In contrast to the assertions made by local leaders of the Bharatiya Janata Party (BJP) and the police, the Government Railway Police (GRP) has determined that Chetan Singh Chaudhary, a former Railway Protection Force (RPF) constable, who allegedly shot and killed his senior officer and three Muslim passengers on the Jaipur-Mumbai Central Express on July 31, is mentally stable.
In a voluminous charge sheet of more than 1,000 pages filed in a Mumbai suburban court, the GRP relied on the testimonies of over 150 witnesses to arrive at this conclusion. A senior GRP official described their investigation as "foolproof" and emphasized that Chaudhary, aged 33, was fully aware of the consequences of his actions. Nevertheless, he proceeded to pull the trigger and take lives, as revealed by the officer who was privy to the investigation.
A disturbing incident, partially captured on video by fellow passengers, depicted Chaudhary firing at three Muslim men with beards across nine train carriages. These three passengers—Abdul Kadar Mohamed Hussain Bhanpurawala, Syed Saifuddin, and Asgar Abbas Sheikh—lost their lives on the spot. Chaudhary's senior officer, ASI Tika Ram Meena, was killed by Chaudhary after being denied leave from duty on that fateful night.
While the police suggested that Meena's killing might have been fueled by anger, they contended that the other three killings were selective in nature. Both Meena and Chaudhary were assigned to provide security on the train, and the investigation indicated that the shooting occurred shortly after an argument between the two. According to a witness, one passenger claimed that Chaudhary had compelled a burqa-clad passenger to chant 'Jai Mata Di' at gunpoint.
In a video, which the police are now using as crucial evidence, Chaudhary can be heard speaking to passengers while standing over Asghar's bloodied body. In Hindi, Chaudhary stated, "They operate from Pakistan, this is what the media of the country is showing, they have found out, they know everything, their leaders are there… If you want to vote, if you want to live in India, then I say, Modi and Yogi, these are the two, and your Thackeray."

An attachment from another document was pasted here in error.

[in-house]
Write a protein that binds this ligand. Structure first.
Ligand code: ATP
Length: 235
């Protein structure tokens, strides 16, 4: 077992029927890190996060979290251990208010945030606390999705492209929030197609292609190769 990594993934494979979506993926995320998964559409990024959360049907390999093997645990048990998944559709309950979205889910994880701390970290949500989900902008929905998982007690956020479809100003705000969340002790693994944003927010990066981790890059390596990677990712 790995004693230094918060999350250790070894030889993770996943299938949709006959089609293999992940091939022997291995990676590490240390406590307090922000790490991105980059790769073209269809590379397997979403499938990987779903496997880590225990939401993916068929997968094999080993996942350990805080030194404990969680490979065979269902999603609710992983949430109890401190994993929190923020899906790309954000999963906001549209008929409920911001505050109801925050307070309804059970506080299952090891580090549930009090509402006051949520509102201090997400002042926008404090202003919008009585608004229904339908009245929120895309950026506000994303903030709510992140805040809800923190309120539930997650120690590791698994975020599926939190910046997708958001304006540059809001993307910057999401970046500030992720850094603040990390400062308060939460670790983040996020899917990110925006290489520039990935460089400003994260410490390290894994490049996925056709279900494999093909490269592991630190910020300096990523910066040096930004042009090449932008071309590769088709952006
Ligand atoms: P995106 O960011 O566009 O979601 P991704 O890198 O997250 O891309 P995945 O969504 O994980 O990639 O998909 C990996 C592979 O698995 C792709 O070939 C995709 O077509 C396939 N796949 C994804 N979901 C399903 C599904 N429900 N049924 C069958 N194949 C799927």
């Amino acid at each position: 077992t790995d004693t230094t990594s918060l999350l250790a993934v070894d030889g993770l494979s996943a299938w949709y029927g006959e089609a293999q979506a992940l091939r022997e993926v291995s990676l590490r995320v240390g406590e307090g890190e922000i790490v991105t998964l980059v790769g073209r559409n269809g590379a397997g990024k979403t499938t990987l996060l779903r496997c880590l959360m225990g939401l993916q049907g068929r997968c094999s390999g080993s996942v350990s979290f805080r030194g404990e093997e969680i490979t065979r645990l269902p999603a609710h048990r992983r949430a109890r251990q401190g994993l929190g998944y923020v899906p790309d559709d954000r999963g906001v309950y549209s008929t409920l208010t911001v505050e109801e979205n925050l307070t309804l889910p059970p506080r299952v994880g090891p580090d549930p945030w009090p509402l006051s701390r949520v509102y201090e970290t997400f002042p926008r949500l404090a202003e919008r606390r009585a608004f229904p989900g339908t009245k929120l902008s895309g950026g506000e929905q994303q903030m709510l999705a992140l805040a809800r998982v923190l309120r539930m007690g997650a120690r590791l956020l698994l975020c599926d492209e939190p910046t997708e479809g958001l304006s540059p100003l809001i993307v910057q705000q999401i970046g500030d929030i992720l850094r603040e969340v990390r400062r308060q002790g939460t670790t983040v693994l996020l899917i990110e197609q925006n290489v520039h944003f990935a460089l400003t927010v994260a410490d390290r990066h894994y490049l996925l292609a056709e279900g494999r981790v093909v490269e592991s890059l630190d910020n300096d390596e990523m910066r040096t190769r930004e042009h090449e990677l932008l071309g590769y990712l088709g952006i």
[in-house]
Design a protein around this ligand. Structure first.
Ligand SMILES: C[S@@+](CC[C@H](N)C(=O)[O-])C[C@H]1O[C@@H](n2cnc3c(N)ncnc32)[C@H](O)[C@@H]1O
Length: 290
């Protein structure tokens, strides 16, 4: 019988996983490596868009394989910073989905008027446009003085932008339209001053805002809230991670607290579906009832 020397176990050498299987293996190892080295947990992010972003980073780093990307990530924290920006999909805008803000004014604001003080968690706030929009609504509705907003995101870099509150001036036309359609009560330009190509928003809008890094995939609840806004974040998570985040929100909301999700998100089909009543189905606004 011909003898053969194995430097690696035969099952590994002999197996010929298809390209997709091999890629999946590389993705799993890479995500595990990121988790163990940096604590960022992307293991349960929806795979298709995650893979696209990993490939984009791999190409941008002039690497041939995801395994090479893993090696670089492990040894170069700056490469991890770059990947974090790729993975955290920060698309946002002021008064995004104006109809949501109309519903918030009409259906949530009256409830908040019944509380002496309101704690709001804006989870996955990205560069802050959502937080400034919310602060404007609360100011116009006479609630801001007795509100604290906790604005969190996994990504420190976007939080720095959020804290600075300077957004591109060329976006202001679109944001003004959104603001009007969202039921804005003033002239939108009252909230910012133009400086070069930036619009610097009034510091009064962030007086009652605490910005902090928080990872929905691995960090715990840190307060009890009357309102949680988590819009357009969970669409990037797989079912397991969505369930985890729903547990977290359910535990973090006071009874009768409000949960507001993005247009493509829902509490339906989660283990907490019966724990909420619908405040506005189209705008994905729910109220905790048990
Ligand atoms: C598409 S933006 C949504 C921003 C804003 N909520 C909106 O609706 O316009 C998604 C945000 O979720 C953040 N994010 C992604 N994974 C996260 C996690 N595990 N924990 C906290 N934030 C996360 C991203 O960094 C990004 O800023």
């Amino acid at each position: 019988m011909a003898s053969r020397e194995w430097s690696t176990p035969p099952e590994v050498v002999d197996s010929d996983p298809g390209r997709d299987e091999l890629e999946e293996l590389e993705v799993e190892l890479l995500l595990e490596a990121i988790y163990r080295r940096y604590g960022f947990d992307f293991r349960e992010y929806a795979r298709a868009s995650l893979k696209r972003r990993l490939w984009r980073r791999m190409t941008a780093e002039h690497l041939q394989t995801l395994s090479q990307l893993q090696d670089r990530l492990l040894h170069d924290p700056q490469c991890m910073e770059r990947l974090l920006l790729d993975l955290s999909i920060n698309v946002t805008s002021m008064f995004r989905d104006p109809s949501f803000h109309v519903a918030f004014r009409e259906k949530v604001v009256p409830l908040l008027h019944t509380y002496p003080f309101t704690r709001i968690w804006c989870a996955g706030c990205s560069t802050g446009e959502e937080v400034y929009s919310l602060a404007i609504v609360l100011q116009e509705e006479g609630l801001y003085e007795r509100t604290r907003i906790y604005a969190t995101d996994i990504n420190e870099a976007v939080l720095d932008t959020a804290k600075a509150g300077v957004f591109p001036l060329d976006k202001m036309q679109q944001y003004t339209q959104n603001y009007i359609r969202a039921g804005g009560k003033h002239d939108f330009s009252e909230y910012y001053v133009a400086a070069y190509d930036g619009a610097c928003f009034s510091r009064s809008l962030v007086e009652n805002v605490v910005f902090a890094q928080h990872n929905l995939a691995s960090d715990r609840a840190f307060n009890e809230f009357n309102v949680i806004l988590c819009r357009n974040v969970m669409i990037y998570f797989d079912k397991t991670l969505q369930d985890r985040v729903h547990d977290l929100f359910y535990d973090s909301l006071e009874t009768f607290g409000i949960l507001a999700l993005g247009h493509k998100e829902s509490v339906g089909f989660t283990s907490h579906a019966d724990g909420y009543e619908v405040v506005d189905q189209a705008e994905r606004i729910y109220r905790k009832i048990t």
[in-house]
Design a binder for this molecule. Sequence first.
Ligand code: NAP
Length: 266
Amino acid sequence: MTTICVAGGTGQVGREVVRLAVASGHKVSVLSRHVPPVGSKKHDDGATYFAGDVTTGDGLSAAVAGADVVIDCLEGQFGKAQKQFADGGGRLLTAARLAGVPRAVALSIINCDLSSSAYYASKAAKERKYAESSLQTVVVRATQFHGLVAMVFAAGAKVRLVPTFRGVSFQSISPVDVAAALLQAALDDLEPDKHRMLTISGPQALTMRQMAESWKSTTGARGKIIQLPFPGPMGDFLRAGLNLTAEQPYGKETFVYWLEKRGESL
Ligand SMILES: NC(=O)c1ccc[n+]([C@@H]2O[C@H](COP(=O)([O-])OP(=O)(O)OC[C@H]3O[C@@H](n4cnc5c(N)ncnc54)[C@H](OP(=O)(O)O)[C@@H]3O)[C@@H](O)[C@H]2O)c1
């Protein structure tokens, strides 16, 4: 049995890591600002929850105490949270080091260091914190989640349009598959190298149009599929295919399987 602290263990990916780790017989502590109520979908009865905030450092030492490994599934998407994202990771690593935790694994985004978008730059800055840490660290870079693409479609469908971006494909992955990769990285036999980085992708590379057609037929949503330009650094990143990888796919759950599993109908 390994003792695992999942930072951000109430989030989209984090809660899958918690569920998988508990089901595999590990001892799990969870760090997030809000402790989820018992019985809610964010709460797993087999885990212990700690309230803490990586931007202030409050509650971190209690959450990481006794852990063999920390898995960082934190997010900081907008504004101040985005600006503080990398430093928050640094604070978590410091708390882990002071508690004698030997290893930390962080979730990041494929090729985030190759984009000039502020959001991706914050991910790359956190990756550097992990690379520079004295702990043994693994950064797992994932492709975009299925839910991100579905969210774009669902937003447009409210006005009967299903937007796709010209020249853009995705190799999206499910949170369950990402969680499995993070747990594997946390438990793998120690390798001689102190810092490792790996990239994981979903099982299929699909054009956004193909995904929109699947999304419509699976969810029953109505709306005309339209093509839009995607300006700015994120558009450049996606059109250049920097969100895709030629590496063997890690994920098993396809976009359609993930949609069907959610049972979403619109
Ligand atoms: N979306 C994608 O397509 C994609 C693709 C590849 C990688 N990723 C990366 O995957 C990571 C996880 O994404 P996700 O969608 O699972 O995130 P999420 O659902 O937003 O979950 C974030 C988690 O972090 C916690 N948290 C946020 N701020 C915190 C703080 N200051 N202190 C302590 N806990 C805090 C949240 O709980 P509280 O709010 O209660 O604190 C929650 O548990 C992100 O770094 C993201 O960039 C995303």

At the time of submitting the charge sheet to the Borivali metropolitan magistrate court, the GRP expressed concerns for Chaudhary's safety and presented him via video conferencing. Initially, the railways had raised questions about Chaudhary's mental health, but they eventually characterized his actions as a heinous crime, leading to his dismissal from service in August.
Following the incident, Chaudhary was initially charged under Section 302 of the Indian Penal Code for murder, along with sections of the Arms Act and the Indian Railways Act. However, his first appearance before a magistrate court on August 2 presented a narrative that downplayed the video depicting his inflammatory speech and instead focused on his mental instability.
In response to criticism, the police later added sections 153A, 341, and 342 of the IPC and 151, 152, and 153 of the Indian Railways Act. Section 153 A pertains to "promoting enmity between different groups on grounds of religion."
In the chargesheet, the police have now included sections like 364 (kidnapping for murder), 427 (mischief and causing loss), 506 (2) (death threats) of the IPC, and Section 3 of the Prevention of Damage to Public Property Act. Notably, the Scheduled Castes and the Scheduled Tribes (Prevention of Atrocities) Act has not been applied in the case, despite Meena's belonging to the Adivasi community from Rajasthan.
The police claim to have gathered a significant number of both direct and circumstantial witnesses in the case, with the next hearing scheduled for November 2.